Mississippi mud bars

These are a crowd pleaser and this version from Diary of a Recipe Collector is so rich, they go a long way. Always helpful at a party of indeterminate number.


Chocolate Chip Cookie Dough Cupcakes


Cookie dough is an insanely popular flavor and cupcakes seem to draw folks to the buffet table. Besides, cupcakes are very portable and give you an excuse to buy a cute cupcake carrier if you don’t have one. These are from our friends at Cupcake Diaries.


Chocolate Sheet Cake with Peanut Butter Icing


Iowa Girl Eats brings us a sheet cake – always a good choice for travel as well as feeding a crowd. The icing is very easy and uses melted butter.


No-Bake Vegan Cheesecake


Roasted Root brings us this creamy and dreamy no-bake cheesecake that is gluten-free, grain-free, dairy-free and happens to be high protein. Plated with fresh figs as pictured, it is an elegant finish, but feel free to use other fruit as well. Raspberries are a lovely choice.


Peach Pie Oatmeal Cookies


Peaches are still abundant but will soon give way to apples, pears and pumpkins so take advantage. Their use in cookies is unexpected and brings moisture and flavor as well as a pretty color. These are from Amy’s Healthy Baking.


Lemon Berry Angel Food Cake


Using purchased angel food cake gets this light trifle made in no time. This dessert from The Lemon Bowl travels easily in a bowl. Use a clear bowl to show off all of the pretty layers and colors. Makes it even more enticing.


Blueberry Crunch Dump Cake


Home Cooking Memories brings us a dump cake featuring blueberries – another fruit that is about to leave the stands. This dessert features several textures – moist and fruity, crisp and crunchy – and when you top it with some cream you have a sensory explosion.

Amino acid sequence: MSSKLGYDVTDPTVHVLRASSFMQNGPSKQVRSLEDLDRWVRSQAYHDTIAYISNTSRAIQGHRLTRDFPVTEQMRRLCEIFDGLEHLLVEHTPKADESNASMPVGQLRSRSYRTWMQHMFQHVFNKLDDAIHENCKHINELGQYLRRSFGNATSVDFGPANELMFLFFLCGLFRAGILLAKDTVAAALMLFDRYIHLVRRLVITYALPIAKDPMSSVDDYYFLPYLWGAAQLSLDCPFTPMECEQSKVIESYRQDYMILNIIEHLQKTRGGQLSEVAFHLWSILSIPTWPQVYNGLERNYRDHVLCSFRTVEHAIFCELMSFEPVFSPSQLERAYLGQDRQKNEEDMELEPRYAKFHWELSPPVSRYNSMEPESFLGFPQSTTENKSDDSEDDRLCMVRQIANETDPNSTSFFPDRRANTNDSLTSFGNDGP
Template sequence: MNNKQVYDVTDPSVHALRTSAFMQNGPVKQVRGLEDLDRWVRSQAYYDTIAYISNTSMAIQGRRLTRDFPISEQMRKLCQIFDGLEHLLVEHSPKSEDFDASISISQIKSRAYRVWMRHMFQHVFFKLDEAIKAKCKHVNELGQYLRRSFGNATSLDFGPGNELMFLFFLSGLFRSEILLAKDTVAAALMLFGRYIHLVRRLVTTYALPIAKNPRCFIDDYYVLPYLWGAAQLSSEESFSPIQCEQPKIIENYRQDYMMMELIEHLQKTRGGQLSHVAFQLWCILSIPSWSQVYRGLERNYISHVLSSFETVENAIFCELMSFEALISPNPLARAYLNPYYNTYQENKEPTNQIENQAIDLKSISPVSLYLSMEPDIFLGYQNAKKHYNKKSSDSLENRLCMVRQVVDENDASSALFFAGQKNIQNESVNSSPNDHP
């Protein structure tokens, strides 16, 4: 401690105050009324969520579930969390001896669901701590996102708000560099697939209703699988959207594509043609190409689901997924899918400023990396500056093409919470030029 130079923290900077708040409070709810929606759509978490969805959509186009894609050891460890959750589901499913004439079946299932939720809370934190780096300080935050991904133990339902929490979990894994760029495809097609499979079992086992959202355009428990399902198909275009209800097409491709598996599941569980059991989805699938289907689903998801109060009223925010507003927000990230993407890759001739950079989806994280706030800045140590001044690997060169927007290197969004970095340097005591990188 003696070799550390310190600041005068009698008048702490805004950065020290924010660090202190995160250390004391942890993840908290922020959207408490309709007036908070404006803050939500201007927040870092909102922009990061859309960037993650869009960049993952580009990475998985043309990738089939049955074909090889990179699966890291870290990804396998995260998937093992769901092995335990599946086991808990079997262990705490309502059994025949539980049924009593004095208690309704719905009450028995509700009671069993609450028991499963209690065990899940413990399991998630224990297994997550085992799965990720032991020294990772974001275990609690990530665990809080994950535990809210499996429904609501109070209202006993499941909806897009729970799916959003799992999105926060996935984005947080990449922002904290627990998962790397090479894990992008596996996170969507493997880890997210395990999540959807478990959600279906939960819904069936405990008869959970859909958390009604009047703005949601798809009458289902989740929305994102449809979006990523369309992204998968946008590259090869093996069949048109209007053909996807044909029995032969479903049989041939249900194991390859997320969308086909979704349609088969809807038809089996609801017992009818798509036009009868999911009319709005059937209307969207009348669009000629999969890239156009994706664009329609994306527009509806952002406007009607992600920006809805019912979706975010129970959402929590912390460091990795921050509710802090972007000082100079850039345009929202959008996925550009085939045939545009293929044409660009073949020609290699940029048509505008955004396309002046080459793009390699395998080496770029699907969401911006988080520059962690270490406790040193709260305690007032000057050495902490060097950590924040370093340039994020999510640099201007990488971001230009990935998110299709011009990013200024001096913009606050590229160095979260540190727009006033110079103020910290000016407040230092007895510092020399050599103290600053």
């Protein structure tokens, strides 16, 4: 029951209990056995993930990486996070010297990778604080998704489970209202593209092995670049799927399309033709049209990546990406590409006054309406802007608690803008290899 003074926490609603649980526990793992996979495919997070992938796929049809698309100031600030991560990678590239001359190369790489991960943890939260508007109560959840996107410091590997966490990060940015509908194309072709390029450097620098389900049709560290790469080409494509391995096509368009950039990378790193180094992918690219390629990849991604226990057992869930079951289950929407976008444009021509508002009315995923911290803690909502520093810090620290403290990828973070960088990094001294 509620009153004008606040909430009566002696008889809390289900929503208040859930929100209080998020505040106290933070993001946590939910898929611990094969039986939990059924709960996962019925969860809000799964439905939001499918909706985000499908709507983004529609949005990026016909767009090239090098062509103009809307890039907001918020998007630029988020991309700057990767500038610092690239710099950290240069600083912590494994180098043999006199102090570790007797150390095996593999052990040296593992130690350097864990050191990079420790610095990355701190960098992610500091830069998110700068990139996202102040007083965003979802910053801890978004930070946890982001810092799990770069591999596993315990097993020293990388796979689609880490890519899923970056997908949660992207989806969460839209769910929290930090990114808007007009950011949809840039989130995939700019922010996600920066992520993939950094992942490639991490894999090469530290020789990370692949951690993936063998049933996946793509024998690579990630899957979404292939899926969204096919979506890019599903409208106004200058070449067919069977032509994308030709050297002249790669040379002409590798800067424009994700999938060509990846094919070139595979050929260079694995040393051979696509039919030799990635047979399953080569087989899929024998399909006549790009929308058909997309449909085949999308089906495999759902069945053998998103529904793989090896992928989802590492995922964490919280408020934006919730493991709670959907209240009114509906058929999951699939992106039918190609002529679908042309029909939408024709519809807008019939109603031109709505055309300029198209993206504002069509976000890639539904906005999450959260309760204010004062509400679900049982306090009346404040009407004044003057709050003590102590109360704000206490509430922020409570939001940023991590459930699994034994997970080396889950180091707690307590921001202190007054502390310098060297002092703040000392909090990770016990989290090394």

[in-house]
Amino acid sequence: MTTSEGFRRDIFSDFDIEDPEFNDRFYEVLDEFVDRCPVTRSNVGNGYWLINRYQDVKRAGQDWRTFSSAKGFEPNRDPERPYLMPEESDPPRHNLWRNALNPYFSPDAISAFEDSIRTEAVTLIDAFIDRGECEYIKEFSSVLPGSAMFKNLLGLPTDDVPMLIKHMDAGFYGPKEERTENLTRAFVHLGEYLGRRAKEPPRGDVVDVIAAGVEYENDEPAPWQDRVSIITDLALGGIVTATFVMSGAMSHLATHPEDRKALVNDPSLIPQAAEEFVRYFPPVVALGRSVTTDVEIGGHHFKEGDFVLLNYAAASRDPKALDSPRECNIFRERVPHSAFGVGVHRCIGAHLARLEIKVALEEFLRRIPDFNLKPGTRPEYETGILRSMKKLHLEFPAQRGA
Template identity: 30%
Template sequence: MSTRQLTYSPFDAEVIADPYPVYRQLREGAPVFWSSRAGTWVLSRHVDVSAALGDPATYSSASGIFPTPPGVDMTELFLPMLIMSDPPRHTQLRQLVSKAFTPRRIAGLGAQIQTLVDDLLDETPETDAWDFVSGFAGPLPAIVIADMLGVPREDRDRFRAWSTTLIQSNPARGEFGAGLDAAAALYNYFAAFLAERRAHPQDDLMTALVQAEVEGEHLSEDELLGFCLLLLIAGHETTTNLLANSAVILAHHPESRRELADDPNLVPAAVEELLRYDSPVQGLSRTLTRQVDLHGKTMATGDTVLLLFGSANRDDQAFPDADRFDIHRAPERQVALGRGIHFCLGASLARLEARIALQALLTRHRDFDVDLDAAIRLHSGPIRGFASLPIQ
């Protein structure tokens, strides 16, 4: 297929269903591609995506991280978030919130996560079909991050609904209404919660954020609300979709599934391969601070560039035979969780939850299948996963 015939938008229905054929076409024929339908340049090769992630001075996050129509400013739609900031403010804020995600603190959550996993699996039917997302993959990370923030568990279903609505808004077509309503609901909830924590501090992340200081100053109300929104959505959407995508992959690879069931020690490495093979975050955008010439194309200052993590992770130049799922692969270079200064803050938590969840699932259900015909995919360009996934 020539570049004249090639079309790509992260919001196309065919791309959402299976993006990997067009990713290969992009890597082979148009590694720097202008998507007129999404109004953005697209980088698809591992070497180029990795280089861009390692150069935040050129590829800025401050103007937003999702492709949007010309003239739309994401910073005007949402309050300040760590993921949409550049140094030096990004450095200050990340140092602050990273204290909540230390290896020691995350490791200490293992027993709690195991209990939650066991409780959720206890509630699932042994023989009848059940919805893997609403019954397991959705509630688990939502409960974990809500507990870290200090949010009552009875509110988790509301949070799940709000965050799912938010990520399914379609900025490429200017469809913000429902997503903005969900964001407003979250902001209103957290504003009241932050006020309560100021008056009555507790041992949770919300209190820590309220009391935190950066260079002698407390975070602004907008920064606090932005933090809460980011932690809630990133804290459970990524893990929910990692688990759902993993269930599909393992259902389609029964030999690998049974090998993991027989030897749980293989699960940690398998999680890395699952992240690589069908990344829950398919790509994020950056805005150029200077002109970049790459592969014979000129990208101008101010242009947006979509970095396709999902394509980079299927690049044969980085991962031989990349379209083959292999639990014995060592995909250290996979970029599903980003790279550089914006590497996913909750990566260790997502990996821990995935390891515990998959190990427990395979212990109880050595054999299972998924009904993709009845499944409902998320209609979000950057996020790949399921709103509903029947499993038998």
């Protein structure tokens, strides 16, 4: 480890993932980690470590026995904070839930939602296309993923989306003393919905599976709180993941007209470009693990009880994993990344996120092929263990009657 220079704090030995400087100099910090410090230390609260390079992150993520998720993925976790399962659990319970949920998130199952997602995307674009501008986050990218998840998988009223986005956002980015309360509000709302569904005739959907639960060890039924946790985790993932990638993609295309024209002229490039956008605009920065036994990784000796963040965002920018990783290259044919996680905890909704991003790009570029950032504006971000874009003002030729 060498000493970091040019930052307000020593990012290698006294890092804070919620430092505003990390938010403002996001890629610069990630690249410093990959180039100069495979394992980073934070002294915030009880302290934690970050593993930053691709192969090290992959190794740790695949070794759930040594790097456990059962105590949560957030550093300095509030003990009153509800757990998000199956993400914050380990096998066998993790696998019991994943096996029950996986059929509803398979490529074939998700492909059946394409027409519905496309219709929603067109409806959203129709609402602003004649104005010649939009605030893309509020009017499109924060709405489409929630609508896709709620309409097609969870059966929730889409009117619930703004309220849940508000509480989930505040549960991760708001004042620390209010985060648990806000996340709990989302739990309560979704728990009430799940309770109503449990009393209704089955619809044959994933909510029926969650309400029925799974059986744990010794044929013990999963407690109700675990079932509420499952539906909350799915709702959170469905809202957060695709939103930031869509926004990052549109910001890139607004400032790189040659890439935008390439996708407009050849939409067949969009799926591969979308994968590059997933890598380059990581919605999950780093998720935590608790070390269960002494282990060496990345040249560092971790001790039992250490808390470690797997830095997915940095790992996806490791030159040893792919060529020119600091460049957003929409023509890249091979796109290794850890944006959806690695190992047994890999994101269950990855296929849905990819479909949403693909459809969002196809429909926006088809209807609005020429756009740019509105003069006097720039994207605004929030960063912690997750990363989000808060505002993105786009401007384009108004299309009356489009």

Buttermilk Cake with Maple Bacon Glaze


If you follow Bakepedia closely you know we have a love affair with bacon in our desserts. Here The Reluctant Entertainer brings us a cake big enough for a party and blends bacon with maple and a tender buttermilk based cake.


Easy Tropical Angel Food Cake with Pineapple and Toasted Coconut Cake


Two Healthy Kitchens brings us a dessert with a tropical vibe. The almonds accentuate the coconutty flavor and the size is perfect for most any potluck.


No Cook Peaches and Cream Tart

peach tart

The Apron Strings blog is showing us a summery dessert and I say, hold onto summer while we can! This no-bake tart showcases peaches or nectarines nicely. Travel with it in a pan to keep it safe while transporting.

And from all of us here at Bakepedia, have a fabulous holiday weekend!


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Review of TSP (Totally Sweet Products by Architec) Spatulas and Icing Combs

Review of TSP (Totally Sweet Products by Architec) Spatulas and Icing Combs


spatulas Main

Product Description: “This line was designed to give the home baker tools to create bakery finish every time. When designing this line, our team channeled the home baker but called on the pros to help develop items that would make it easy and fun to produce creative & professional baked goods! And the best part – 5% of TSP sales go toward our Bake for Benny fund, benefitting pet charities & shelters nationwide!”

The spatulas are made from heat resistant silicone to 440°F and are BPA free & dishwasher safe. The combs are made from nylon and are BPA Free & dishwasher safe.

spatulas in pitcher


Test Kitchen Overview: We were sent a PR email featuring these products and as soon as we saw the images of the spatulas, we had to get our hands on them. We use our spatulas all the time – for folding, mixing, scraping out jars, spreading – whether it is buttercream, frosting, ganache, peanut butter, honey or even when we are savory cooking like folding together the ingredients for our weekly gigantic kale salad that we snack on all day (one cannot live by butter and sugar alone). We asked to see the spatulas and the icing (decorating) combs to take into the Test Kitchen.

The spatulas are indeed shaped unlike any other spatulas we have. Would these shapes work well and in what applications? They are named for flowers: